From: Vincent W.J. van Gerven Oei
Bjarke Ingels Drops National Theater Project

Architecture firm Bjarke Ingels Group of Danish architect Bjarke Ingels has dropped the construction project of the National Theater, well-informed sources tell Exit.

In March 2018, Prime Minister Edi Rama revealed Bjarke Ingels’s design for the new National Theater, the construction of which would be granted through a special law to Fusha shpk. This law was later criticized by the European Union as a violation of the Stabilization and Association Agreement. The government, in return, claimed it had no money for the project.

On its website, Bjarke Ingels still officially lists Fusha, which has been involved with numerous questionable infrastructure tenders, as its client. Ingels has refused to reveal the terms of its contract with Fusha or the Albanian government citing a “non-disclosure agreement.”

The impending destruction of the National Theater, one of the last remaining examples of Italian fascist architecture in Tirana, led to large protests by artists and citizens. The protests also highlighted the fact that the land grab by Fusha shpk, which promised to rebuild the theater in exchange for a large piece of public land to build a number of skyscrapers, severely tainted Bjarke Ingels’s self-proclaimed socially conscious and “anti-corrupt” design attitude.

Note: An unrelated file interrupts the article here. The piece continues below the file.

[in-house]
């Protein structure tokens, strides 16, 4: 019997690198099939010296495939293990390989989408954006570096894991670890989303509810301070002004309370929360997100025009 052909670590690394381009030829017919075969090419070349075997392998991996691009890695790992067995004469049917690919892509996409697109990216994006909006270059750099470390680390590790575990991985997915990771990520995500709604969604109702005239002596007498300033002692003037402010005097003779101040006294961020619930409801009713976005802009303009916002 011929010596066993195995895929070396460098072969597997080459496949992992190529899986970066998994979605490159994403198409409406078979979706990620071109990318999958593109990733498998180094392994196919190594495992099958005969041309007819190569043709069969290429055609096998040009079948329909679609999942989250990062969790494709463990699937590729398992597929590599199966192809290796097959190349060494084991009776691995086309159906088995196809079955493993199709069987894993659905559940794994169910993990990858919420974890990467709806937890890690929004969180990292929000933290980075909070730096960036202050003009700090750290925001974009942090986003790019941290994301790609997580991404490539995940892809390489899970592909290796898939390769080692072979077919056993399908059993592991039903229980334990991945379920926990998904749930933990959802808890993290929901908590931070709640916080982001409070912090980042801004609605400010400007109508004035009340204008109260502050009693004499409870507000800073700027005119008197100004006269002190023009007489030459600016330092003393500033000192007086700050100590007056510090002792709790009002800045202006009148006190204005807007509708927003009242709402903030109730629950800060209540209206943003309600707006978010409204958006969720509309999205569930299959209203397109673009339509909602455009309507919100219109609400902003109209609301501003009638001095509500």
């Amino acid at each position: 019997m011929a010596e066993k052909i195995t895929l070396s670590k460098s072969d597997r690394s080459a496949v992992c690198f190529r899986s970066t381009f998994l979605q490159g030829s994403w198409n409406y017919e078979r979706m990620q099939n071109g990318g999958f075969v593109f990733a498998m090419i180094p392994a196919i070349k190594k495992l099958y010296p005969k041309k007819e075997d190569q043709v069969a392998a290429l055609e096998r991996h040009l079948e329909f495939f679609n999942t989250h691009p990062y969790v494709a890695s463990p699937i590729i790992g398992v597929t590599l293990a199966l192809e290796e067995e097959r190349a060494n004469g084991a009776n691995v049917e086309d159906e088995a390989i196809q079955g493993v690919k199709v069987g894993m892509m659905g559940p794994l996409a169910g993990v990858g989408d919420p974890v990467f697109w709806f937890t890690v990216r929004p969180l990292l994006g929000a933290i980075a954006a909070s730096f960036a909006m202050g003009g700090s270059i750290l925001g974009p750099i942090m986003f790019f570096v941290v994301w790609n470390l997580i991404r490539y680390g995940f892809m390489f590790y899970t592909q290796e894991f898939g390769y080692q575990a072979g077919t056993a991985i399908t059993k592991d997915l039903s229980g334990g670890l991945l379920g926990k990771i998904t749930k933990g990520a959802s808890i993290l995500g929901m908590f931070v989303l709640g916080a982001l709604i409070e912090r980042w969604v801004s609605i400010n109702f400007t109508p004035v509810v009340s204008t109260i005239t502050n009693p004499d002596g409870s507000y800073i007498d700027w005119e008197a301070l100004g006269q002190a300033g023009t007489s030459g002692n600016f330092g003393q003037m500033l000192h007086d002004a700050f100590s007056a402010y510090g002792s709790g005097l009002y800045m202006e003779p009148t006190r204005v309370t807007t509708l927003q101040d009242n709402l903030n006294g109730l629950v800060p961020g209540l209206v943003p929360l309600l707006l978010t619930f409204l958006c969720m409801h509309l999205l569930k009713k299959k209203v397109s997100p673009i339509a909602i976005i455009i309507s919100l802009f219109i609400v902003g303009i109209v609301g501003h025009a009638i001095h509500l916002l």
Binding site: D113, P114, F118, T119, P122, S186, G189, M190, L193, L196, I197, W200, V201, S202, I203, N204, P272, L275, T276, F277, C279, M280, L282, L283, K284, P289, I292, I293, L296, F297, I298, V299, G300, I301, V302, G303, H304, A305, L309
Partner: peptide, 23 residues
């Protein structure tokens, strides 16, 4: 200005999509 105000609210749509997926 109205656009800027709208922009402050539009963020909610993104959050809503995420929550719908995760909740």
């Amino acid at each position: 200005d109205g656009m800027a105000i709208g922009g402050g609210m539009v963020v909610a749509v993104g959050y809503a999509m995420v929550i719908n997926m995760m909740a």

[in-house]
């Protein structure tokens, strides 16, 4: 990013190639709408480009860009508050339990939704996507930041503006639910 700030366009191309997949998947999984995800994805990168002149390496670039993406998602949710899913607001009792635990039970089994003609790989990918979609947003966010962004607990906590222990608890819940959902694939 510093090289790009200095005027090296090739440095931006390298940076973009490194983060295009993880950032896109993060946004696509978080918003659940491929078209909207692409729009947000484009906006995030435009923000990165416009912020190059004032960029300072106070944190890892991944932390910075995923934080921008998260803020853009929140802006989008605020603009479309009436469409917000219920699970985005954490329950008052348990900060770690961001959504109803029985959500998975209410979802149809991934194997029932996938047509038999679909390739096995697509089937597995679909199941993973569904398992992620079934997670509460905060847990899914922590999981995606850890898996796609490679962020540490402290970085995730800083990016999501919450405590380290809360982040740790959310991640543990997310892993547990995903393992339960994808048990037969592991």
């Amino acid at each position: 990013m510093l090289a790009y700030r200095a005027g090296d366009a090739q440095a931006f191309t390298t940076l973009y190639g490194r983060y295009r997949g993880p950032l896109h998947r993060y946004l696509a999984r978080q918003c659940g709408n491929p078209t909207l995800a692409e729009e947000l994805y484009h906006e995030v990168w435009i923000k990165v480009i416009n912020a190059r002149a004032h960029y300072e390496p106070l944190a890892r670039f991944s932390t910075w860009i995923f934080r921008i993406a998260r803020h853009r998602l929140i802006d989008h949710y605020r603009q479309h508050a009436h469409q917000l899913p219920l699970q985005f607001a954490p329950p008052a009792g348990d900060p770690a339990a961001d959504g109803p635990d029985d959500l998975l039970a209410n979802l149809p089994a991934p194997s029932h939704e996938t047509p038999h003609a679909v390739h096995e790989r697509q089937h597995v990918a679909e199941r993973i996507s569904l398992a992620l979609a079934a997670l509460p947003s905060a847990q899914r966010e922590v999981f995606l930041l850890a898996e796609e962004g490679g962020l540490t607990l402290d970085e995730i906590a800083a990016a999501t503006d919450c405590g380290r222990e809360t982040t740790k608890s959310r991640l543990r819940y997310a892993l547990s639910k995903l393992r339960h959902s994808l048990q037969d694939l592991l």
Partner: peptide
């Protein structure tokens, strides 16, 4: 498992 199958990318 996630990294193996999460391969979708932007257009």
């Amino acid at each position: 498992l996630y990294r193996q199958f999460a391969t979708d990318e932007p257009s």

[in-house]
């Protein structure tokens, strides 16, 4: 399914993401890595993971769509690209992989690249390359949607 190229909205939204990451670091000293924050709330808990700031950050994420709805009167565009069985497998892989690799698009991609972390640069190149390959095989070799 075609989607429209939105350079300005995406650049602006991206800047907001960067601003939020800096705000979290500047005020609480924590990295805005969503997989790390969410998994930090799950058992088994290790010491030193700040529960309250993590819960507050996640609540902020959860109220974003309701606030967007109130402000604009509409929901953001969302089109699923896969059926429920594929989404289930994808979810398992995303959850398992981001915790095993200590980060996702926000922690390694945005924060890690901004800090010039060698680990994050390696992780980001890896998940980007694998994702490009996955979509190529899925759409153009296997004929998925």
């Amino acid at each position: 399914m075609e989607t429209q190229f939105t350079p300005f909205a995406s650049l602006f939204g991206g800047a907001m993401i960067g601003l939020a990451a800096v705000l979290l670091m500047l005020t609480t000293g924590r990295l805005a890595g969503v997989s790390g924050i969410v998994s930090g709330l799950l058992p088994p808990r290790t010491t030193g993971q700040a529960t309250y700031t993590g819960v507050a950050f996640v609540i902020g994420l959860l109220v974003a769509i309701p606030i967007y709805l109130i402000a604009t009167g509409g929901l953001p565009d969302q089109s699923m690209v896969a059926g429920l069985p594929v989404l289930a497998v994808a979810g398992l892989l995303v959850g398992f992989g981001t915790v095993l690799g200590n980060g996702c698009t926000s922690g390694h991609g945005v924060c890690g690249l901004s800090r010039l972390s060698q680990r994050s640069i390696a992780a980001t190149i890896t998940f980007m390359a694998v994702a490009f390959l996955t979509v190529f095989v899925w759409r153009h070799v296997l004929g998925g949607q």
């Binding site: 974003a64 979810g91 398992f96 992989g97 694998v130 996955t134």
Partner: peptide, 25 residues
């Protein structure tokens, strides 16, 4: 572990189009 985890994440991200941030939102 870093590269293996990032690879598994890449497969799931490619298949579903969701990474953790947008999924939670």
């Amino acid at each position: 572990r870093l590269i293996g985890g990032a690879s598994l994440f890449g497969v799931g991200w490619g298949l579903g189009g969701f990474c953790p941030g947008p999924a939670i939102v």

However, it now appears that not social or ethical concerns, but concerns about the quality of materials has led to Bjarke Ingels’s abandonment of Prime Minister Rama’s vanity project. Whereas Ingels reportedly wanted to use high-quality materials, Fusha pushed for cheap and low quality materials to be used in the design. As a result, Ingels abandoned the project.

The way in which large public construction projects are tendered out by the Albanian government favors this sort of price cutting. As the price is fixed beforehand based on very loose criteria, the contractor has all the incentive to use low-quality materials and pocket the difference as profit. Quality of construction is therefore always sacrificed for profit. Another case in point as the National Stadium, which has lost many of its design elements as a result of “cost cutting” by the contractor.

The public relations office of Bjarke Ingels Group refused to answer to any questions posed by Exit regarding their withdrawal from the National Theater project. They also blocked me on Twitter.